cover image The Available World

The Available World

Ander Monson, Sarabande (Consortium, dist.), $14.95 (96p) ISBN 978-1-932511-83-3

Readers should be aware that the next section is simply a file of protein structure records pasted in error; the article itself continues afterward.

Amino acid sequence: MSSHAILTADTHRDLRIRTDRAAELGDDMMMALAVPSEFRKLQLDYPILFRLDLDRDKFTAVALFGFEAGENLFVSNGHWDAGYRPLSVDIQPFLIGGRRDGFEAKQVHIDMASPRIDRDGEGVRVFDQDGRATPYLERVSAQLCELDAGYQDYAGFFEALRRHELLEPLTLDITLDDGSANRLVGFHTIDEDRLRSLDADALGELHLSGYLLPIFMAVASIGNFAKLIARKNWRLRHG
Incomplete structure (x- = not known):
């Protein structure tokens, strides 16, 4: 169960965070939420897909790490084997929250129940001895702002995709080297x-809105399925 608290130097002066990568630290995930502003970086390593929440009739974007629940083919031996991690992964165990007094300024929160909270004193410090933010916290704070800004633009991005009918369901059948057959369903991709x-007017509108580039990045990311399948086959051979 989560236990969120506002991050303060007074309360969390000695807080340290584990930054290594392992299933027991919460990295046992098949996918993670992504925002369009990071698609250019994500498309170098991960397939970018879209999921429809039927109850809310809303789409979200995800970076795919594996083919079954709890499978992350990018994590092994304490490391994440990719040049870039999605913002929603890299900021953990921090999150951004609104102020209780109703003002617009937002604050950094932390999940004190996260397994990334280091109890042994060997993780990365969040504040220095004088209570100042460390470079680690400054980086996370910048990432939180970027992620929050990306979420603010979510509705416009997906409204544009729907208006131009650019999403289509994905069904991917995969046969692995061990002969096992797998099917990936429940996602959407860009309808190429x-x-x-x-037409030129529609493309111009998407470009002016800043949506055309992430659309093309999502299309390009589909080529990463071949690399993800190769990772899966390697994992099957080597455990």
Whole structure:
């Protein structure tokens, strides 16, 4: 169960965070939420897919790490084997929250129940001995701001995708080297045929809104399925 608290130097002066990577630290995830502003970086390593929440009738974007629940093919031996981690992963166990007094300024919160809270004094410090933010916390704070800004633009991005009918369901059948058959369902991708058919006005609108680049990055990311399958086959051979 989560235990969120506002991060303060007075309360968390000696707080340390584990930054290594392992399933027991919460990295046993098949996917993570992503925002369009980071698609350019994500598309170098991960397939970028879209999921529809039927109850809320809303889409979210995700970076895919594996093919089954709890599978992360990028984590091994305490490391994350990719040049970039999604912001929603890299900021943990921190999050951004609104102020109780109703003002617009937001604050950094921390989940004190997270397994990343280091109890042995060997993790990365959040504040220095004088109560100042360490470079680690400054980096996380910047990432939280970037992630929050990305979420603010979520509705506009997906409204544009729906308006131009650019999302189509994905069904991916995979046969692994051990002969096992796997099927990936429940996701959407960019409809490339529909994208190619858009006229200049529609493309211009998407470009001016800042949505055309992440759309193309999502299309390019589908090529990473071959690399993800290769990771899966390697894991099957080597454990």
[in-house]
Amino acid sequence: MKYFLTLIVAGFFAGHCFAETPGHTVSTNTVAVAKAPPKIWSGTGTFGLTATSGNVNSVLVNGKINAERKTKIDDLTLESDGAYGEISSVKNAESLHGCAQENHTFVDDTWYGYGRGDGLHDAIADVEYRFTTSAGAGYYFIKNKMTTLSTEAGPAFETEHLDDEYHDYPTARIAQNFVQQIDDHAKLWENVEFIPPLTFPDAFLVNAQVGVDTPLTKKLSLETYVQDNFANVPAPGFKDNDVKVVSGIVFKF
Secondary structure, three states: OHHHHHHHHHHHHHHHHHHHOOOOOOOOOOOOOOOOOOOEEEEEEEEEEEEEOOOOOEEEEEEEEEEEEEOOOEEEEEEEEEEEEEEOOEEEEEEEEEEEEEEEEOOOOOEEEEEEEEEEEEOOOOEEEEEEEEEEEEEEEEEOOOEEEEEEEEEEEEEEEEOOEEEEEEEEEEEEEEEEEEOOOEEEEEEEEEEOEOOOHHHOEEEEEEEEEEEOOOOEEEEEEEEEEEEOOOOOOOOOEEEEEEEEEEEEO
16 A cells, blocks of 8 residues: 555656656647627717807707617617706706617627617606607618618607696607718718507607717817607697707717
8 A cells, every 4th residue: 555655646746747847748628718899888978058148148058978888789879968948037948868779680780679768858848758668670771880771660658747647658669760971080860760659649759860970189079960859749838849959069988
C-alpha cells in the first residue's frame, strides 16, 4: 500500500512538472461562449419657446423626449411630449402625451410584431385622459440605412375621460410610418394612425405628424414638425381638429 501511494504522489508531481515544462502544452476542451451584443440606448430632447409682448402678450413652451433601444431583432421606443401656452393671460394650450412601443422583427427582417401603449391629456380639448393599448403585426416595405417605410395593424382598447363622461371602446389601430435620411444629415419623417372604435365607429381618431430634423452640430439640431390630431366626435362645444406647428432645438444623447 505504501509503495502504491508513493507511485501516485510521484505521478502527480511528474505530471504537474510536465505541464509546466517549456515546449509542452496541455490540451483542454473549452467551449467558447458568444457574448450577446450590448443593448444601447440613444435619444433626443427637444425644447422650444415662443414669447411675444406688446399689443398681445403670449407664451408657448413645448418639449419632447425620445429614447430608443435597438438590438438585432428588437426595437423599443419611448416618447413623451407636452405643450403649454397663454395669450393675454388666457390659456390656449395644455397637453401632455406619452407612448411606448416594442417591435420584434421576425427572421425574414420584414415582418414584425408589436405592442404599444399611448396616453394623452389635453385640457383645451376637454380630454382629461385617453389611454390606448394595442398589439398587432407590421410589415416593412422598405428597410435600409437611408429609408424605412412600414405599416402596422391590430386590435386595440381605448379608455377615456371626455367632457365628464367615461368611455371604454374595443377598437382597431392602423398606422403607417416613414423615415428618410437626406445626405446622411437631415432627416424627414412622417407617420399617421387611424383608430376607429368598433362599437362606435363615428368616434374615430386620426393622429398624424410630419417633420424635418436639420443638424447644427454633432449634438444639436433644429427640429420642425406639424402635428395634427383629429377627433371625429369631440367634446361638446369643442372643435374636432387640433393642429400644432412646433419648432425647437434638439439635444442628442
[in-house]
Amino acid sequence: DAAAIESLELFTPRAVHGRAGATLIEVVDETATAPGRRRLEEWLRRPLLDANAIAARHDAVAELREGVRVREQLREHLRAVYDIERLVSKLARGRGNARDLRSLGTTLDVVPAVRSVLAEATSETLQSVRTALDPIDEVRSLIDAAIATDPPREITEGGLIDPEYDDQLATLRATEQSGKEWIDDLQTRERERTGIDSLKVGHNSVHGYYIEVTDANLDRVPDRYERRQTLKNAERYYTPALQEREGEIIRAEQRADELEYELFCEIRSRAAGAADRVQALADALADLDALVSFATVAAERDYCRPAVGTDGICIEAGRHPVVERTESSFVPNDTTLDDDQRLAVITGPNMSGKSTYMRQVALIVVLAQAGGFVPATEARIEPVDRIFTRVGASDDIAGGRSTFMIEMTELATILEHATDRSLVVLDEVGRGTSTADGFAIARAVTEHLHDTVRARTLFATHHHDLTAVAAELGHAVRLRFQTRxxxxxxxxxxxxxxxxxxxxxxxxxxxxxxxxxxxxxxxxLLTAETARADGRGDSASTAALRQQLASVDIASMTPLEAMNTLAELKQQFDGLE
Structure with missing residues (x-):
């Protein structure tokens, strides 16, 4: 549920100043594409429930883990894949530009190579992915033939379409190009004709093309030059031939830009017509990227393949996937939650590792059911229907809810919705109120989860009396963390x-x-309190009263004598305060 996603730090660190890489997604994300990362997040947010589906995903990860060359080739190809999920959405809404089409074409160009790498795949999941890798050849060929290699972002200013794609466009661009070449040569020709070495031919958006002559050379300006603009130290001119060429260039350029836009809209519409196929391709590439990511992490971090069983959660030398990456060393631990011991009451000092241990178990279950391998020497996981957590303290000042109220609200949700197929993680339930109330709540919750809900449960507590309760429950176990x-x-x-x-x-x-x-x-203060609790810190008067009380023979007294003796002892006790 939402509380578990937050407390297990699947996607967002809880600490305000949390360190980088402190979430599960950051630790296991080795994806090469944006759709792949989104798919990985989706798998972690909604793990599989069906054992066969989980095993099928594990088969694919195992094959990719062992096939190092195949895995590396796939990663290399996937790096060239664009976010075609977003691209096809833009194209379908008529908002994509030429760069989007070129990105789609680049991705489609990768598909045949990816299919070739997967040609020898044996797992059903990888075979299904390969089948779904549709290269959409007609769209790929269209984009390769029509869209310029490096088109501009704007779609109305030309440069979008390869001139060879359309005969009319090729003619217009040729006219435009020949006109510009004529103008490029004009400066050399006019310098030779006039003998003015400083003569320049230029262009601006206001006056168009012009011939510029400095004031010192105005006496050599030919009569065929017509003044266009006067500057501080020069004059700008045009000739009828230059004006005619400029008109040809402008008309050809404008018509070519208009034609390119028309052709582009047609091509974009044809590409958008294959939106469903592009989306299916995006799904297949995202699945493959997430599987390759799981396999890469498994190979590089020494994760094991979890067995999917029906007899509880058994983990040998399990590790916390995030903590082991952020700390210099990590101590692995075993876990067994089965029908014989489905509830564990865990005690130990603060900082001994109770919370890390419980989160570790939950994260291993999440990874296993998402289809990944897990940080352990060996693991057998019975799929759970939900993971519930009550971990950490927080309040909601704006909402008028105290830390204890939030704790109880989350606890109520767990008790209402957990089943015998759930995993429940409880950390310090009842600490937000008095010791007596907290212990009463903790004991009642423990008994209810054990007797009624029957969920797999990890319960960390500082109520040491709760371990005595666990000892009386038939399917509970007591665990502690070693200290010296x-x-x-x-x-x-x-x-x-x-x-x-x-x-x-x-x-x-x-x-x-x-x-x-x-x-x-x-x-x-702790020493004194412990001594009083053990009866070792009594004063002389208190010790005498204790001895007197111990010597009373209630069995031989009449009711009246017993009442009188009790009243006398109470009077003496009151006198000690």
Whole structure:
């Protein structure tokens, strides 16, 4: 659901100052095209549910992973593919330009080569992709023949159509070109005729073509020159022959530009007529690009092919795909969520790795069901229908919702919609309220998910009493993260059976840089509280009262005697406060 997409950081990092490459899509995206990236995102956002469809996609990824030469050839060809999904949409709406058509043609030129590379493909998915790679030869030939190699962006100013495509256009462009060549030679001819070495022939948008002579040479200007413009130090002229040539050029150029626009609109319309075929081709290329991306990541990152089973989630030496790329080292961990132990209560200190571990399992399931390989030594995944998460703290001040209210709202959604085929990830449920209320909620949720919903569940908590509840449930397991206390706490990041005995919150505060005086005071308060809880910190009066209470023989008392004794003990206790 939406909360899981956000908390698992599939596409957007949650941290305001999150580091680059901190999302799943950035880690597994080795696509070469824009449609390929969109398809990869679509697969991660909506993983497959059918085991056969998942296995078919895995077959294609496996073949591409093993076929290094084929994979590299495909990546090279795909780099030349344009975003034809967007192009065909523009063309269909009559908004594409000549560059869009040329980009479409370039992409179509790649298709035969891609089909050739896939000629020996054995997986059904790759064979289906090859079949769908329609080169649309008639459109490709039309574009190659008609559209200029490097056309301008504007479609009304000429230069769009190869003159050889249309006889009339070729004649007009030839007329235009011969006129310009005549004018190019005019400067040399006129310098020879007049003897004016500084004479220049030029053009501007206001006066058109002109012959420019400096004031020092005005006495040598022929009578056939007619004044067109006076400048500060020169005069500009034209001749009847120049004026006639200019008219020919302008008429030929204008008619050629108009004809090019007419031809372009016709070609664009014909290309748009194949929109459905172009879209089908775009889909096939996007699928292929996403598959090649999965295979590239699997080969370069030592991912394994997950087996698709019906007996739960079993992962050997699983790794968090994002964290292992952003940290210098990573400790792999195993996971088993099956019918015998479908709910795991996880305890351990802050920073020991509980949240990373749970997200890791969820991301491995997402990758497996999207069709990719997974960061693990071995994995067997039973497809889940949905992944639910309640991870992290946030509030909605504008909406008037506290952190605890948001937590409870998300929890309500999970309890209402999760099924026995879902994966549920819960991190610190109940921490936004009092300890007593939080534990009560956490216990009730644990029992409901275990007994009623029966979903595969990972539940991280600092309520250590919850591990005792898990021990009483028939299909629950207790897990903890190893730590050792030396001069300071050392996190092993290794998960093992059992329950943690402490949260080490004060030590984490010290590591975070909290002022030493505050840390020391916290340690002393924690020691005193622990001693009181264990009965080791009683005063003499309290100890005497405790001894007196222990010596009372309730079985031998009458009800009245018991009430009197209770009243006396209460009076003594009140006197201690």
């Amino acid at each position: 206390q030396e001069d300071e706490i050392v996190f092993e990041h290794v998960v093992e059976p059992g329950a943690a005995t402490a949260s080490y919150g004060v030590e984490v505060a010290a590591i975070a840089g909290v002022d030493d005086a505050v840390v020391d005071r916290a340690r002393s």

Monson has become increasingly well-known for his unusual books of prose (most recently, Vanishing Point), which toy with and subvert traditional notions of narrative and memoir, but he is, at heart, a poet, as this second collection attests. Hyperactive, and as much a product of the Internet age as they are about its phenomena—addiction to buying stuff, obsession with minor celebrities, general information overload—these poems tour a consciousness that can't quite figure out where it begins and ends. Accounts of Web browsing come off like lovely pastorals ("Online: sprinkling clicks among the pixels"), and vicarious living brings a surprising freshness to the everyday, "as if I've never seen/ the world in which I live before." A series of poems called "Availability" ravel together Star Trek actor–cum–Twitter celeb Wil Wheaton, wine scholarship and "Blackberries rustling in silent in pockets" in an attempt at intimacy with a beloved. There's a series of sermons, an "Elegy for Beotch" and disoriented recollections of bygone technology: "Last year's winter storm warnings/ replaying on a VCR.// What's a VCR?" The occasional prosiness of these poems is countered by the surprising music they bring to so many unpoetic things. The best will inspire readers to follow Monson's order to "Keep it all on your memory disks." (July)